A distressed mum has taken to Facebook to warn parents of the dangers of blind cords, in the hopes that she can save others from the experience her family just endured.
Accidents happen very easily and this woman is braving the mum-shamers of social media in an effort to save little lives.
US mum Arika Hernandez’s three-year-old son was playing on the top bunk bed in his room when he wrapped a blind cord around his neck thinking it would make a nice necklace. Pleased with the results he attempted to climb down from the bunk.
“He then began to walk down the ladder,” Arika explained. “As the cords tightened he panicked and tried to yell for mom and dad but nothing came out.”
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“We heard a loud thud”
Arika says her poor little boy was struggling to pull the cord away from his neck – to no avail.
“He scratched at the cords to loosen them but all he could grab was skin. At the last attempt to get free he jumped to come get us and that very jump saved his life! The cord snapped and freed him!” a very relieved Arika writes.
“We heard a loud thud (his jump) and then his loud scream! This was not just any scream it is one I have never heard in my life and it will forever be ringing in my ears.”
WARNING SENSITIVE MATERIAL BELOW! I have gone back and forth about posting this or not posting this but I believe if…
The accident resulted in some very nasty lacerations to the preschooler’s neck. He was rushed to hospital and thankfully these wounds were the only physical injuries sustained.
Arika explained that her son was incredibly lucky because these cords are generally very strong and designed not to snap or break easily.
“No corded blinds are safe”
She hopes parents will reassess the curtains and blinds in their home, and says that all cords pose a serious safety risk to children.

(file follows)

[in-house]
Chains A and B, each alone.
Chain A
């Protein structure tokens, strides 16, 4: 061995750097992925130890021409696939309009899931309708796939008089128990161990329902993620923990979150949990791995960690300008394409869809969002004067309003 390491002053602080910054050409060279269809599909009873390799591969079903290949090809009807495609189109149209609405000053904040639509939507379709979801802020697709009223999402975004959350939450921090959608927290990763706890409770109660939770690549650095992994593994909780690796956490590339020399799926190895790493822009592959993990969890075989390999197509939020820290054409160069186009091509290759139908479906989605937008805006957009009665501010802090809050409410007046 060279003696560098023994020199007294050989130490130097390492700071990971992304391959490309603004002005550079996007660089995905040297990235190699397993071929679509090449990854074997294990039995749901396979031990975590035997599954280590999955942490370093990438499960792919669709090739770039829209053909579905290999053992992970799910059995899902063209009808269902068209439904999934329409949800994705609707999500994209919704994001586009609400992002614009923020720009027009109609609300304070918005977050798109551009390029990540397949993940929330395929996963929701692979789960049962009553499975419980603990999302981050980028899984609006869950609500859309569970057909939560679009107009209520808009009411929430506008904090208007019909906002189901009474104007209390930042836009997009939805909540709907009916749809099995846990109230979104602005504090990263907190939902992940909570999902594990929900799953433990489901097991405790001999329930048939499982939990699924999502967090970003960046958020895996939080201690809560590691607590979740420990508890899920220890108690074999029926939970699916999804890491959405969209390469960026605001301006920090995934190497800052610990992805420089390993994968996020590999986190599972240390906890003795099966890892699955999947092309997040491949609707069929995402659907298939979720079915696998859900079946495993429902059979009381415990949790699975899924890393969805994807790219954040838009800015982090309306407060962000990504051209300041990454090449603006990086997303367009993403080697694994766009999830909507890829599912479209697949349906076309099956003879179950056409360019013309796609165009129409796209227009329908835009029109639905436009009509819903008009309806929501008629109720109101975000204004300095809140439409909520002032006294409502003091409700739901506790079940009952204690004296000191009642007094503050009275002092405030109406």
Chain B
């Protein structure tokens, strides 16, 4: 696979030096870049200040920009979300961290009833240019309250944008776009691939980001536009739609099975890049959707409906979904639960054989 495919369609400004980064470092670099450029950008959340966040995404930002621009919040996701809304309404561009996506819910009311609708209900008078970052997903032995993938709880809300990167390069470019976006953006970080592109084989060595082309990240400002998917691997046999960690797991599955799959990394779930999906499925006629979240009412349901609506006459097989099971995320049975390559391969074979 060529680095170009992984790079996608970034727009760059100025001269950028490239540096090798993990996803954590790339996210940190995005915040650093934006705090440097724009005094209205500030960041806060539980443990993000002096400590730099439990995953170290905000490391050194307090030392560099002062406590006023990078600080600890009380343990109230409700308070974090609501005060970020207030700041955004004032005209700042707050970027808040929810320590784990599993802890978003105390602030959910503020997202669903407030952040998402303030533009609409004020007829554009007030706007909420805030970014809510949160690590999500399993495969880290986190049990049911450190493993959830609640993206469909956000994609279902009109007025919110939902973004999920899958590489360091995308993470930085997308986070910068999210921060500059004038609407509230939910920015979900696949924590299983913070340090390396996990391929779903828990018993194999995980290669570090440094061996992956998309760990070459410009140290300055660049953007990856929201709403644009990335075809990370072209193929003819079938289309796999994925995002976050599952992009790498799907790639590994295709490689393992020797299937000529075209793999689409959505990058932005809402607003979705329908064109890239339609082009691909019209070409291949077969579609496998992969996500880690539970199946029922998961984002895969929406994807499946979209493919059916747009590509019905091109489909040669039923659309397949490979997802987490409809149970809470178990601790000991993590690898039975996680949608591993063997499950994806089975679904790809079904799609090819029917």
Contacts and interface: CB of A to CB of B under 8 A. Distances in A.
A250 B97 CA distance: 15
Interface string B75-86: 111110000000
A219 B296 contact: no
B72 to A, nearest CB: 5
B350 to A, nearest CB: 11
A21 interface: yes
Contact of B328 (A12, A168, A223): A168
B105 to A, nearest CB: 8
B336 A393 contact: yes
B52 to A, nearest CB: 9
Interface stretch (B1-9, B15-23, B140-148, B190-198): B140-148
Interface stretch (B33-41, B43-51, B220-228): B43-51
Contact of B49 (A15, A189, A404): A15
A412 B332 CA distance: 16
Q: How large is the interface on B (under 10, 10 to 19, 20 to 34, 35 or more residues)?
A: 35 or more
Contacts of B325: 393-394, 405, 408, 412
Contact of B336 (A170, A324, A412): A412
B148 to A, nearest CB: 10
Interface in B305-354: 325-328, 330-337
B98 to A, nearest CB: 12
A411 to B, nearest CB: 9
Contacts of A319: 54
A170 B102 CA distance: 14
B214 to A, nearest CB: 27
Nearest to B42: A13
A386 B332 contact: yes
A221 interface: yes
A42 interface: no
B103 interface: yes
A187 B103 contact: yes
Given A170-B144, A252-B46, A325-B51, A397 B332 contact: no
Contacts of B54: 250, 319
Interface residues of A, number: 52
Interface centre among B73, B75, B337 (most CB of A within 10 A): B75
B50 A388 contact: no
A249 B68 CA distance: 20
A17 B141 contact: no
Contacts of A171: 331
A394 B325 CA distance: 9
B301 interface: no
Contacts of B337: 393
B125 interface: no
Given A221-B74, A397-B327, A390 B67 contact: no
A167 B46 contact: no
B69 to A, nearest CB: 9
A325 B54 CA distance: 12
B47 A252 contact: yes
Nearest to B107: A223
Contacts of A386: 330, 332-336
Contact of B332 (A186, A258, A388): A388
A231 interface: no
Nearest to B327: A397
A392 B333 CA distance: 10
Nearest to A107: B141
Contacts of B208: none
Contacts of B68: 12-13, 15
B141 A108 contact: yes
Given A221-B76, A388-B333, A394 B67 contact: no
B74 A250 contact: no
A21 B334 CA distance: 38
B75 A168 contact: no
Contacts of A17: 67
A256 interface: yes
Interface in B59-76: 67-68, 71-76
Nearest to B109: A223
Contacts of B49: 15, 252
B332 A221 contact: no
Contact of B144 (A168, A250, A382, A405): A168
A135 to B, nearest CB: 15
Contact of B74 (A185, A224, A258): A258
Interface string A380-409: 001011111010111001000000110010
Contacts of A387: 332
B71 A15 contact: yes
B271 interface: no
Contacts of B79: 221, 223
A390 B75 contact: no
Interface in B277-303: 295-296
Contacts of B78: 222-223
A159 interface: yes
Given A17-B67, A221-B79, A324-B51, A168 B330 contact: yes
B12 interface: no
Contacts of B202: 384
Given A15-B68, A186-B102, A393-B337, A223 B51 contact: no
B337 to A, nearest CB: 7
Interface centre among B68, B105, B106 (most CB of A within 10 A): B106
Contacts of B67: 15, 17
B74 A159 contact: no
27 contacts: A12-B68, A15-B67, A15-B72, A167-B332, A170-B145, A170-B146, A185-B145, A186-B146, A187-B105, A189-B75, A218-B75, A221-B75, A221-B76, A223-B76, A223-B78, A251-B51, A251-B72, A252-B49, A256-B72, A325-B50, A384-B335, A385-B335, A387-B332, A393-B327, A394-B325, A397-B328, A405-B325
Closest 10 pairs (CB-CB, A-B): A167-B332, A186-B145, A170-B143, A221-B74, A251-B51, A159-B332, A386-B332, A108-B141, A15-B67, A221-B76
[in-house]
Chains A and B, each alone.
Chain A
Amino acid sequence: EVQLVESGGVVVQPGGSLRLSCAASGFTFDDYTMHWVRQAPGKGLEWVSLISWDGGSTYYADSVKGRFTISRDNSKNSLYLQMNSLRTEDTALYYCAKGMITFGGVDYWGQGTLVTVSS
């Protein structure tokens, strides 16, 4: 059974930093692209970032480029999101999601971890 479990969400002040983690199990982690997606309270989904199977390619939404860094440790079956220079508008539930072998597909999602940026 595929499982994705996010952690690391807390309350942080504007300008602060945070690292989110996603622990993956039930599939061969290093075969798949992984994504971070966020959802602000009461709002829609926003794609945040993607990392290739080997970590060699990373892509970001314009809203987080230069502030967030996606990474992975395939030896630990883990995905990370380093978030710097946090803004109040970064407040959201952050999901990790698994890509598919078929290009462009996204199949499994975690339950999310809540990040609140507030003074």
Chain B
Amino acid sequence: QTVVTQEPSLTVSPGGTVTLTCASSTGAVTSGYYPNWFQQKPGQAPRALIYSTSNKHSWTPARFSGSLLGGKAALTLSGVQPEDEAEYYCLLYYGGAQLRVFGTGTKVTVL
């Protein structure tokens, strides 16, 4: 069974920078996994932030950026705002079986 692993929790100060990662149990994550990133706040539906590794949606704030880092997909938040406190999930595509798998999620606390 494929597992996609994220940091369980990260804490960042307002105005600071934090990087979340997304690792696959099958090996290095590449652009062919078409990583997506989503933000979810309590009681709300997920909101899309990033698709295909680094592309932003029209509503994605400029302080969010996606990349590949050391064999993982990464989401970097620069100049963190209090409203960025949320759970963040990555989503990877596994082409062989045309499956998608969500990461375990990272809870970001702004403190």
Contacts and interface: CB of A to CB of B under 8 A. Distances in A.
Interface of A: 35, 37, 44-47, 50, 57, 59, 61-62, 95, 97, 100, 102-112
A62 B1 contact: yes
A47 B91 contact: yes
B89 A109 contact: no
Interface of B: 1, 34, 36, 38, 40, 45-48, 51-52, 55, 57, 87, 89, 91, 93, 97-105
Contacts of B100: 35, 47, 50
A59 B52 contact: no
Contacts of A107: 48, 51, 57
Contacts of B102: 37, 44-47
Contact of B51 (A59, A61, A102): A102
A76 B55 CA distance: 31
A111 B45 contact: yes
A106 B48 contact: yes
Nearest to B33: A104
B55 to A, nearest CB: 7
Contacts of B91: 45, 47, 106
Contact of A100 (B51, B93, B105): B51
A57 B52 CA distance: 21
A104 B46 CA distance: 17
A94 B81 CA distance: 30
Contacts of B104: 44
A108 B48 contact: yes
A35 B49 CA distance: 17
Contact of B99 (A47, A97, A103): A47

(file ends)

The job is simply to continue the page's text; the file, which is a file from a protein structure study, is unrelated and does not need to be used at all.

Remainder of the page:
“NO CORDED BLINDS ARE SAFE!” she wrote on Facebook, asking followers to share her family’s story far and wide. “They now sell cordless blinds and they are worth every penny.”
She also warns that it’s not enough to cut the cord where they form a loop – “Even if you cut the cords once the blinds are lifted up it creates a hazard. The cords can not be cut short to make them safer … there are still inner cords and if the cord is pulled so the blinds go all the way up, that pull cord will then be long enough to make a loop and strangle a child.”
Thousands of injuries and hundreds of deaths
KidSafe Victoria warns that blind and curtain cords can prove fatal for small children.
“Looped curtain and blind cords pose a significant strangulation hazard for children as they can place the loop over their head and/or get tangled in the loose cords,” KidSafe says. “At least 15 young children have died as a result in Australia since the early 1990s, including two in Victoria in 2009.”
Of course, this statistic doesn’t take in the sort of injuries Arika’s son sustained.
In the US the figures are horrendous.
“Nearly 17 000 young children were hurt by window blinds between 1990 and 2015, and though most injuries were minor, almost 300 died, ” AP reports.
Blind cord safety 101
How can you ensure that the blinds and curtains in your home are safe? KidSafe advises the following:
- Check all the rooms in your house for any blinds or curtains with long cords that are either loose or looped. This includes any cords that are within children’s reach at floor level or near furniture they can climb on.
- Secure any loose or looped cords with cleats or tension devices – these can be purchased from your local curtain and blind retailer or hardware store.
- Do not put furniture such as cots, beds, highchairs, playpens, couches, chairs, tables or bookshelves near a window where children can reach the blind or curtain cord.
- When installing new blinds and curtains, make sure you or the installer secures any loose or looped cords immediately.
Blind Cord Safety Australia also has brilliant advice to help families address the safety of their home’s curtains and blinds.
The ACCC also warns that electrical cords positioned near cots and beds can also pose a strangulation risk for small children.
We’re so glad this little boy escaped with his life and very thankful that Arika is choosing to share her family’s story – and more details on the safety of blinds.